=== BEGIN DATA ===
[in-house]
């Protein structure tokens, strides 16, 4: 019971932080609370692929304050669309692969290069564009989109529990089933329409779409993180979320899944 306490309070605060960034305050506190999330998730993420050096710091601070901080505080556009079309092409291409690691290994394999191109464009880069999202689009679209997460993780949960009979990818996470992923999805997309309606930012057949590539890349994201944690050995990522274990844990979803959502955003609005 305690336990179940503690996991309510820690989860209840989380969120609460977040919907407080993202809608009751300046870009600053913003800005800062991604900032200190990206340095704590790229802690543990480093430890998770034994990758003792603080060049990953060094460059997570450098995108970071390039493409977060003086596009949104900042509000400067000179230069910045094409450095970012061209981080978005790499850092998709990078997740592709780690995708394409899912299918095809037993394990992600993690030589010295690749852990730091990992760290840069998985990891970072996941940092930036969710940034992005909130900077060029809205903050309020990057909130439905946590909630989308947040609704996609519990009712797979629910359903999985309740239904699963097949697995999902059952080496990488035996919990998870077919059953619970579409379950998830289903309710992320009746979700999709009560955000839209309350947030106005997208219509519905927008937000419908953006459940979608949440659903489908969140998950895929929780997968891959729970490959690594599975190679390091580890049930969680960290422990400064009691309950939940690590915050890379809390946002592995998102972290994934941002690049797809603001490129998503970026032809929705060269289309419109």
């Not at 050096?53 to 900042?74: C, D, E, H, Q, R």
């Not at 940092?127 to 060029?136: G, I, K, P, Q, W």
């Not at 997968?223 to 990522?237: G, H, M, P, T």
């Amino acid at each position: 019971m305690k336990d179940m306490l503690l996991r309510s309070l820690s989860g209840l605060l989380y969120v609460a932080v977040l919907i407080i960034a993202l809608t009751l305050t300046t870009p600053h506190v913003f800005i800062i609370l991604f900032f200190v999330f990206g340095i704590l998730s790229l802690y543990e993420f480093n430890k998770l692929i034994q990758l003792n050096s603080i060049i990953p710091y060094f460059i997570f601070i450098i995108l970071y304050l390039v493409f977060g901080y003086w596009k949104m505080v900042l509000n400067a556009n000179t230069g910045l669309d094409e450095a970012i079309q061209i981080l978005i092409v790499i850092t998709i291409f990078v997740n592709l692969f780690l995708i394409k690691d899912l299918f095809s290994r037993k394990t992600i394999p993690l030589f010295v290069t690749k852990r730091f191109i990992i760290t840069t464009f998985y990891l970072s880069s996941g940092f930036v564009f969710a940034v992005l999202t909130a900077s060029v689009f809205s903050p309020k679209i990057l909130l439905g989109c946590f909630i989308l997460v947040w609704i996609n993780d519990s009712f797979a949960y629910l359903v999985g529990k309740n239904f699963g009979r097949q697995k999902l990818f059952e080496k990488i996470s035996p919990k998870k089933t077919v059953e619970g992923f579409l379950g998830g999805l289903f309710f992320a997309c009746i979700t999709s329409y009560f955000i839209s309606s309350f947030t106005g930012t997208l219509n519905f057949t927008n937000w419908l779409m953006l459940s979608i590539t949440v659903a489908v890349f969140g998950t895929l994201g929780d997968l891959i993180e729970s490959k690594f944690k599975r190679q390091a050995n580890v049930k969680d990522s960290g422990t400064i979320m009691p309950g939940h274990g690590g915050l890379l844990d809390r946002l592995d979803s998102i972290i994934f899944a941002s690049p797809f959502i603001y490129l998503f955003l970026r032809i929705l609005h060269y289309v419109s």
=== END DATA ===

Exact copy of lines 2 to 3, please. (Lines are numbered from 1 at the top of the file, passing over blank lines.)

């Protein structure tokens, strides 16, 4: 019971932080609370692929304050669309692969290069564009989109529990089933329409779409993180979320899944 306490309070605060960034305050506190999330998730993420050096710091601070901080505080556009079309092409291409690691290994394999191109464009880069999202689009679209997460993780949960009979990818996470992923999805997309309606930012057949590539890349994201944690050995990522274990844990979803959502955003609005 305690336990179940503690996991309510820690989860209840989380969120609460977040919907407080993202809608009751300046870009600053913003800005800062991604900032200190990206340095704590790229802690543990480093430890998770034994990758003792603080060049990953060094460059997570450098995108970071390039493409977060003086596009949104900042509000400067000179230069910045094409450095970012061209981080978005790499850092998709990078997740592709780690995708394409899912299918095809037993394990992600993690030589010295690749852990730091990992760290840069998985990891970072996941940092930036969710940034992005909130900077060029809205903050309020990057909130439905946590909630989308947040609704996609519990009712797979629910359903999985309740239904699963097949697995999902059952080496990488035996919990998870077919059953619970579409379950998830289903309710992320009746979700999709009560955000839209309350947030106005997208219509519905927008937000419908953006459940979608949440659903489908969140998950895929929780997968891959729970490959690594599975190679390091580890049930969680960290422990400064009691309950939940690590915050890379809390946002592995998102972290994934941002690049797809603001490129998503970026032809929705060269289309419109």
């Not at 050096?53 to 900042?74: C, D, E, H, Q, R």